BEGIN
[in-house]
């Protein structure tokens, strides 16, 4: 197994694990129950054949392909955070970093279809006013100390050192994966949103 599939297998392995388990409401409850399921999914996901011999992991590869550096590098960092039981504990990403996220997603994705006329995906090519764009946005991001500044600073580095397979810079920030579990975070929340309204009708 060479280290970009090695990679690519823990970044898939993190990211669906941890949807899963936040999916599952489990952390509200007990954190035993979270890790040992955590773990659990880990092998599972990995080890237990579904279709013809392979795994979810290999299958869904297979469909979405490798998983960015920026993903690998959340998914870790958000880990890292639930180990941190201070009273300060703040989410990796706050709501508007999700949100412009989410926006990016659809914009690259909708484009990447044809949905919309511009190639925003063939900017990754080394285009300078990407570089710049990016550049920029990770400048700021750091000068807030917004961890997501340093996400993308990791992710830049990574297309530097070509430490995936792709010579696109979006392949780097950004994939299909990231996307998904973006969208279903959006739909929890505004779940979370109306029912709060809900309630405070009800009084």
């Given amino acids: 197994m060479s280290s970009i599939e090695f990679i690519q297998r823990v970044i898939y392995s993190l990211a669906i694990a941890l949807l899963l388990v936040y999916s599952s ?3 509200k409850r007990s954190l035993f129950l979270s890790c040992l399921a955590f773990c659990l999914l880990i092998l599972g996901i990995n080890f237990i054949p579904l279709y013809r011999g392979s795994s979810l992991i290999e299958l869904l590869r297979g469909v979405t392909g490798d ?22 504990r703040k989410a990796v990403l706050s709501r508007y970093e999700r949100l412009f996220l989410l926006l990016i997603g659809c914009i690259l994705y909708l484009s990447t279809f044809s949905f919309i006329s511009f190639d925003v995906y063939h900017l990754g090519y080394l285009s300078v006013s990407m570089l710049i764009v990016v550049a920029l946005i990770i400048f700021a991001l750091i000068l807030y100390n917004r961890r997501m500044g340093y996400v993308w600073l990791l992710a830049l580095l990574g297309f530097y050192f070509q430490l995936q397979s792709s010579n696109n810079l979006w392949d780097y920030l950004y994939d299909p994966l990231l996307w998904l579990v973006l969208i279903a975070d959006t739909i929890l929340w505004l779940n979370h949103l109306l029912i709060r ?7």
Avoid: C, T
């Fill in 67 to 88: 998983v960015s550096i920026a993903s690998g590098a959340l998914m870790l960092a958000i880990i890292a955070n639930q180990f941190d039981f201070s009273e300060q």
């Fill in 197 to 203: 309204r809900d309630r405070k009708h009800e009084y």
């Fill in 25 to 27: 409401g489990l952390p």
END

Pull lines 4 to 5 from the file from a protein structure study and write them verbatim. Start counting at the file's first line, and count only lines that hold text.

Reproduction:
Avoid: C, T
């Fill in 67 to 88: 998983v960015s550096i920026a993903s690998g590098a959340l998914m870790l960092a958000i880990i890292a955070n639930q180990f941190d039981f201070s009273e300060q």